The answer to this question, as is the case with most of life’s greatest inquiries, is both yes and no. In a perfect world, we would be free to post up whenever and wherever we wanted. But alas, trespassing and loitering laws say it isn’t so. Local laws often have time, place, or manner restrictions that make some types of extended stay illegal. Every state has its own jurisdiction over parking laws; sometimes regulations even vary within each state municipality. You can find every state’s department of transportation site here. These different rules can get confusing, so we have put together this handy guide for perfectly legal car camping solutions for your next trip.
Rules of the road
There are some glaring legal pitfalls to avoid when scouring for an overnight parking spot. You're obviously going to want to stay off private property. Unless you have the owner’s permission, tangling with private property is asking for a trespassing charge. Avoid parking in obviously illegal areas at all times—don’t count on the cover of the night to disguise your folly. And of course, always, ALWAYS read every possible sign nearby. Reading the signs that are right in front of your face will save you time and money when you avoid a citation.
Give it a rest
Some states have deemed it illegal to sleep in your car in an effort to combat homelessness. A reported 81 towns have banned sleeping in your car since 2014. Luckily, rest areas are available for weary travelers to lay their heads. Rest areas are stops along main roads or highways that offer drivers a place to pull over for a break from driving. Most rest areas have restrooms, food, and fuel available. States that allow overnight parking at rest areas include California, Idaho, Minnesota, Iowa, Washington, Oregon. Almost all of these states permit cars to be parked for a maximum of eight consecutive hours. Minnesota and Oregon differ with six and twelve-hour limits, respectively. Head over here to learn more about the particulars of rest area use.
This (BLM) land was made for you and me
Car camping on public BLM land is completely legal and often free. The accessibility regulations for BLM land are also very liberal. You may cross private land to get to BLM land so long as there is a public road to reach those areas. Even if the land has mining claims, you may camp there unless posted otherwise by management. Dispersed camping is allowed on most BLM land for up to 14 days. Once those 14 days are up, campers are expected to relocate at least 25 miles away from the space they last occupied. Keep in mind that these acres are usually undeveloped so car campers may need to make a few unique preparations prior to their visit. Enjoy the wilderness as you sleep in your car legally!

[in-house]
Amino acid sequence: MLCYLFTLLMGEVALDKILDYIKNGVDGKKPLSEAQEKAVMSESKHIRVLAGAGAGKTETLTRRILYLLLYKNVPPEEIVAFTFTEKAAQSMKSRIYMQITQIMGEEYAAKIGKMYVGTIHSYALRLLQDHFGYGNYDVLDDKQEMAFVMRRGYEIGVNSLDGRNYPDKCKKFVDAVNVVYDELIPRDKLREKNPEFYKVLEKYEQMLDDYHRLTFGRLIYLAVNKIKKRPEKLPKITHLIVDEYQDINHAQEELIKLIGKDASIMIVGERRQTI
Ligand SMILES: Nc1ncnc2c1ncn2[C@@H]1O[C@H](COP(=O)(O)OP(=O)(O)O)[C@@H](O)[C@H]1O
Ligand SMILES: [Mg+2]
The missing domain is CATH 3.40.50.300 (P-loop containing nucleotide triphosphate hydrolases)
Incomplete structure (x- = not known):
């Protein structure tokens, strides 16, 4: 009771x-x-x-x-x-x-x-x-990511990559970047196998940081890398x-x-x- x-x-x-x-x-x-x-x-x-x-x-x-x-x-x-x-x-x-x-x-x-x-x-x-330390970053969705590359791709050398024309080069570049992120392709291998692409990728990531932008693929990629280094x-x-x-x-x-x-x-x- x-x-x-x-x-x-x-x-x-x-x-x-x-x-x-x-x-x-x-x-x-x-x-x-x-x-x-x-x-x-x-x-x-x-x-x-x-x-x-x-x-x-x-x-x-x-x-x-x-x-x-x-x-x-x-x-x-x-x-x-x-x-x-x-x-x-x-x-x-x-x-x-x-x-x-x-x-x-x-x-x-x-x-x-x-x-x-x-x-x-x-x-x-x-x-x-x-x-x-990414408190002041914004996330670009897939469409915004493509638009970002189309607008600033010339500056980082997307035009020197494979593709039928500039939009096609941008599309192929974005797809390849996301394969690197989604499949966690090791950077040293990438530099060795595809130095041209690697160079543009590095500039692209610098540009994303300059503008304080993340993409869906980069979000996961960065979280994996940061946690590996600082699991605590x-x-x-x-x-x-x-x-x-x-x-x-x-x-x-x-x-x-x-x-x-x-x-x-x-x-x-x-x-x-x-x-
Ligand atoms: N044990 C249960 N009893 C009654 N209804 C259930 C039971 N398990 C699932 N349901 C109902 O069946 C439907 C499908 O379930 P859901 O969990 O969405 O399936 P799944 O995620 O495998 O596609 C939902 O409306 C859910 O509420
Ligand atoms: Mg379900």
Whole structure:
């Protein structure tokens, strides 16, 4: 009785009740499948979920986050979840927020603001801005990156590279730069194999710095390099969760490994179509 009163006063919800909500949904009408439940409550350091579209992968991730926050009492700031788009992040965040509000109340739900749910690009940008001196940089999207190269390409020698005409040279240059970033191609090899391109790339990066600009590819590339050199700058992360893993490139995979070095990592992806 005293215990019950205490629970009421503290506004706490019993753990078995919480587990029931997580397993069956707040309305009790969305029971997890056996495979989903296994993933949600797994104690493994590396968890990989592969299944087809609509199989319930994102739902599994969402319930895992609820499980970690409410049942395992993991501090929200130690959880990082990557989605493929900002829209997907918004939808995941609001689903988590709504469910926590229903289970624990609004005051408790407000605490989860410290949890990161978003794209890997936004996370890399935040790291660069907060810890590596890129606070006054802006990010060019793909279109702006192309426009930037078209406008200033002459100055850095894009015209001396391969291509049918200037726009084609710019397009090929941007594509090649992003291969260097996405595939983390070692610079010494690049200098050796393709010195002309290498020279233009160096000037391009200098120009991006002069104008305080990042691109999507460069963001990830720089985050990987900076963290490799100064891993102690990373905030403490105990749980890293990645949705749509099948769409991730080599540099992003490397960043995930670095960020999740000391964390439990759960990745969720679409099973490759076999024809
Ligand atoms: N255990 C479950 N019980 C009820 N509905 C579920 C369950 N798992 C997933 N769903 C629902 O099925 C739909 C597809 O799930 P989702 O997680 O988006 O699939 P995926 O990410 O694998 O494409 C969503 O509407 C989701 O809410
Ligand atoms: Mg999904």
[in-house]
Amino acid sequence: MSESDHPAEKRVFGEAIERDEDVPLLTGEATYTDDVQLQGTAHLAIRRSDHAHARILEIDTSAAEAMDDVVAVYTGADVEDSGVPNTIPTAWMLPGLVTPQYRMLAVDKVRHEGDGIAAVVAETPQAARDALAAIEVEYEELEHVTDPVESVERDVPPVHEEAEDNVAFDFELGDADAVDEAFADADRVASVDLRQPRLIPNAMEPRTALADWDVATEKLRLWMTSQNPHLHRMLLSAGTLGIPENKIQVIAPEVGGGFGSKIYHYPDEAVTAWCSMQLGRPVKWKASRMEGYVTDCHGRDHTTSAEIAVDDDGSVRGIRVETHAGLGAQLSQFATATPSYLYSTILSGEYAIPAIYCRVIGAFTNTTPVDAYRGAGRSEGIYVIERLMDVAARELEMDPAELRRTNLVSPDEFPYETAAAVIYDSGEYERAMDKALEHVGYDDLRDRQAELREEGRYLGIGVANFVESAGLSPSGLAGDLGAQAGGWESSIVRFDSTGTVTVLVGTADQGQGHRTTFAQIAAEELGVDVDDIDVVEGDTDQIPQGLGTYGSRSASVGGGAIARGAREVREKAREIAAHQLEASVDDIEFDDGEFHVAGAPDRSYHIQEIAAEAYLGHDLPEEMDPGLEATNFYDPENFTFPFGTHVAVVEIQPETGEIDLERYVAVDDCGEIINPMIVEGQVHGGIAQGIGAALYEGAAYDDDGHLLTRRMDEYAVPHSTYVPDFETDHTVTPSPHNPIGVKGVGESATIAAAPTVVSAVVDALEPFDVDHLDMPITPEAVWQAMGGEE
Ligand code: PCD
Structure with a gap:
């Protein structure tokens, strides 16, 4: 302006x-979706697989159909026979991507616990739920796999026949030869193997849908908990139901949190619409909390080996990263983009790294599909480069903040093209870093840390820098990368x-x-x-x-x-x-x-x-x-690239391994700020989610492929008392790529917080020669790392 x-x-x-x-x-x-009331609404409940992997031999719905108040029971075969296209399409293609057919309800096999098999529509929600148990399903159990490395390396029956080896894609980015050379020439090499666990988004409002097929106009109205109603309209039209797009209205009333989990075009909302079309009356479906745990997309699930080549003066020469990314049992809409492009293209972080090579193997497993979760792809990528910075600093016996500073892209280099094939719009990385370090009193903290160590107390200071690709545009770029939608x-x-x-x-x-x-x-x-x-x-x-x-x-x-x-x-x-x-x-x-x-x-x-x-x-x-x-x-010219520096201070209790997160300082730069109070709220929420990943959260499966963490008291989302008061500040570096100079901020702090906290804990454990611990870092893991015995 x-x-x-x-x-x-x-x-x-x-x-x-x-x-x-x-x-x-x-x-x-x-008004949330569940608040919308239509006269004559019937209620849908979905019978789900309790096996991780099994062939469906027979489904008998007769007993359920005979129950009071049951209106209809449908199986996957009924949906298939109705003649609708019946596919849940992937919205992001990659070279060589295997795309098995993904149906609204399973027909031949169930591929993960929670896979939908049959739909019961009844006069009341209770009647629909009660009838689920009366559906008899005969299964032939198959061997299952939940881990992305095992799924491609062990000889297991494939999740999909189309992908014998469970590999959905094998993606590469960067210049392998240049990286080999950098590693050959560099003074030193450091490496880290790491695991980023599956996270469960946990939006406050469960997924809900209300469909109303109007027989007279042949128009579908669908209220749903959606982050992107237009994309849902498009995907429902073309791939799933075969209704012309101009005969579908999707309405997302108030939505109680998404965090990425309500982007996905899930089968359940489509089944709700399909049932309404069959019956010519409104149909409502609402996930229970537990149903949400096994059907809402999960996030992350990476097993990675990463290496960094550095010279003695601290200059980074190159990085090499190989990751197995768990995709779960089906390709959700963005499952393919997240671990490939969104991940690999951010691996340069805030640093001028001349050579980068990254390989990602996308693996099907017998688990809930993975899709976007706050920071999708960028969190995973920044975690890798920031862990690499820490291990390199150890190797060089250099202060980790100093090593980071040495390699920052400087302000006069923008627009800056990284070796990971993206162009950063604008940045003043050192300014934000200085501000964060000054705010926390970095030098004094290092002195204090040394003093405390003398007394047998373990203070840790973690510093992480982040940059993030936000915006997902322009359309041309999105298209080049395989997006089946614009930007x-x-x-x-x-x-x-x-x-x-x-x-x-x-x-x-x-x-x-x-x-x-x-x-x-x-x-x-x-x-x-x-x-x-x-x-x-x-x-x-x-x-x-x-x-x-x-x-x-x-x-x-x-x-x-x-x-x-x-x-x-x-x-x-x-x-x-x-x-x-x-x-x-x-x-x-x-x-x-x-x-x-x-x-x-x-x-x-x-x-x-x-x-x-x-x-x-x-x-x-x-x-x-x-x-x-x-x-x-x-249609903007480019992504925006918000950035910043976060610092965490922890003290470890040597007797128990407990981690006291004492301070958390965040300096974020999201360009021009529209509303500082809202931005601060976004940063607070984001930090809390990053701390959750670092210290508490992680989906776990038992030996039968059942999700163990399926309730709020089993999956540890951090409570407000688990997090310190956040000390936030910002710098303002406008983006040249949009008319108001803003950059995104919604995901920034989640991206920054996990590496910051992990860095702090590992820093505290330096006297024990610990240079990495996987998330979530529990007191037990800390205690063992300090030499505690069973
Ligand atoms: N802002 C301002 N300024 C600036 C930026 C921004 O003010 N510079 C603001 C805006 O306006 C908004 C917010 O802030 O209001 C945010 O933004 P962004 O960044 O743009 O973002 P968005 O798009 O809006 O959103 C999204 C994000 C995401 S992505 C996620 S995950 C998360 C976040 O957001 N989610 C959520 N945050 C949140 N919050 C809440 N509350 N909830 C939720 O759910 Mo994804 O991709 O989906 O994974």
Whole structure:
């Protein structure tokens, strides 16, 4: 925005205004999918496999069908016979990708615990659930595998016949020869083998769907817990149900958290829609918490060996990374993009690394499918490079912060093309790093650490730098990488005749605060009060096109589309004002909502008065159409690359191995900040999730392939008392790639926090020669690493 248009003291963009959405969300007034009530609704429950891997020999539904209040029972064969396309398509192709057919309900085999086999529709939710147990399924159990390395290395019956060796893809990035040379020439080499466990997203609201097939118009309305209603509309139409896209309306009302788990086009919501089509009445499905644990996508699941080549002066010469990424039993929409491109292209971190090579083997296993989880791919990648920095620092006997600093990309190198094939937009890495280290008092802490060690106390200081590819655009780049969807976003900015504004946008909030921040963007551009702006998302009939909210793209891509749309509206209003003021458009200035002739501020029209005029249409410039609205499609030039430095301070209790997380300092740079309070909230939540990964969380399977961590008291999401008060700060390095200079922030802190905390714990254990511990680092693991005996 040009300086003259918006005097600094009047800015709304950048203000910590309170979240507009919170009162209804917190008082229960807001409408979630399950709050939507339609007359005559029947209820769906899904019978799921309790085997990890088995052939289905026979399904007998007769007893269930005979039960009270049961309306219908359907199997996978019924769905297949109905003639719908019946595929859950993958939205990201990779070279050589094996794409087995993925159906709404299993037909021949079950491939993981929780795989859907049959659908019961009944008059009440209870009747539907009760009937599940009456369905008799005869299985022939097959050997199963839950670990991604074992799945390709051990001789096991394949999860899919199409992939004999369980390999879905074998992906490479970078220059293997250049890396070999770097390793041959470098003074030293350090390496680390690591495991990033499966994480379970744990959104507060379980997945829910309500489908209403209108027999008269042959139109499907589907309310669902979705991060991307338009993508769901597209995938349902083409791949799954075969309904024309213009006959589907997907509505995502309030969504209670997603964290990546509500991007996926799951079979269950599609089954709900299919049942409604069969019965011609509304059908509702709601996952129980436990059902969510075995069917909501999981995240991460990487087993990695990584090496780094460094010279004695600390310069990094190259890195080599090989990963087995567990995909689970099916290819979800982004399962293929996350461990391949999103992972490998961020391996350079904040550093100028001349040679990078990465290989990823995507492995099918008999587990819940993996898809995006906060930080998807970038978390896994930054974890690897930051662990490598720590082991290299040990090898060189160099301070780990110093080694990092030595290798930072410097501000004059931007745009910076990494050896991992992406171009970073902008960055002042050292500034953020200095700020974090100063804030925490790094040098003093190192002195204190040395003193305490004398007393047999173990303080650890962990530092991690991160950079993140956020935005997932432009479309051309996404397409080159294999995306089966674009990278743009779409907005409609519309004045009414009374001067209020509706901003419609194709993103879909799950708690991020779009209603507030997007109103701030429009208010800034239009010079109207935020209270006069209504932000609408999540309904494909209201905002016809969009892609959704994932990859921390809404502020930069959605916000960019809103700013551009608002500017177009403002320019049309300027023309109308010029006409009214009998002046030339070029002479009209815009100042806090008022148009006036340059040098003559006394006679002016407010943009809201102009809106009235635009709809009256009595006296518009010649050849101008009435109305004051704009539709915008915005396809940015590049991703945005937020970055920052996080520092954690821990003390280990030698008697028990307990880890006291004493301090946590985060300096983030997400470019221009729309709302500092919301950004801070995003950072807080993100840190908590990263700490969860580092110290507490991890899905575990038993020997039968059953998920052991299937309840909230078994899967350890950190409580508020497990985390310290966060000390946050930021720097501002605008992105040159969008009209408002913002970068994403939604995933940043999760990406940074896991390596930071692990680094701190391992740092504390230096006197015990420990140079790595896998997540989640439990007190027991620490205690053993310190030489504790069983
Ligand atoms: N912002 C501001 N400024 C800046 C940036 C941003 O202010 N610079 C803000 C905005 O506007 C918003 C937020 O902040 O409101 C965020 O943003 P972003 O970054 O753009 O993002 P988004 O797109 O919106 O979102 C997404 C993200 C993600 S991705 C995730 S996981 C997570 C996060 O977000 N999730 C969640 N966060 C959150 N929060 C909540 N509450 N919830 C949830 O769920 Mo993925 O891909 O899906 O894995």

Hit the sack in a cul-de-sac
Suburban cul-de-sacs, while ideal for neighborhood kickball, are not recommended for overnight car camping. Sleeping in your car can be viewed as understandably suspicious and may make residents a bit uneasy, particularly if there are little kids around. If you find that sleeping overnight in an urban area is your last resort, it’s best to draw the least attention possible. Avoid loitering accusations by arriving later and rolling out before the sun rises in the morning. It’s advised that you sleep in presentable clothes just in case a police officer comes knockin' on your car door in the middle of the night.
Walmart for the win
Walmarts are well-renowned in the car camping community for their accommodating parking lots for legal car camping spots. So much so that there are online directories of Walmart locations that allow free overnight car camping. If you’re going to spend the night at a local store, it’s best to park further away from the store entrance. Try to stay discreet during your stay. Refrain from whipping out your beach chair and sunbathing under the glow of parking lot lighting. It’s also widely recommended you give patronage to Walmart as a token of your gratitude for the safe place to stay.
Up all night to get lucky
Finally, some small businesses and churches will allow weary wanderers to rest in their parking lot. But don’t be a creeper! Go inside, introduce yourself, and ask for permission to spend the night. Tell the business owner where you’re coming from and when you plan on leaving so they feel at ease with the situation. As always, make sure not to overstay your welcome. In the event that you can’t find a kind local to lend you their lot, other 24-hour establishments are also options for an overnight stay in your car. (Think 24-hour fast-food restaurants, movie parking lots, or gyms.)
As you can see from this guide of places where you can sleep in your car legally, there are plenty of perfectly legal options for car camping. From rest stops to the wild west and every Walmart parking lot in between, there is no shortage of permitted places to rest for the night! Safe travels!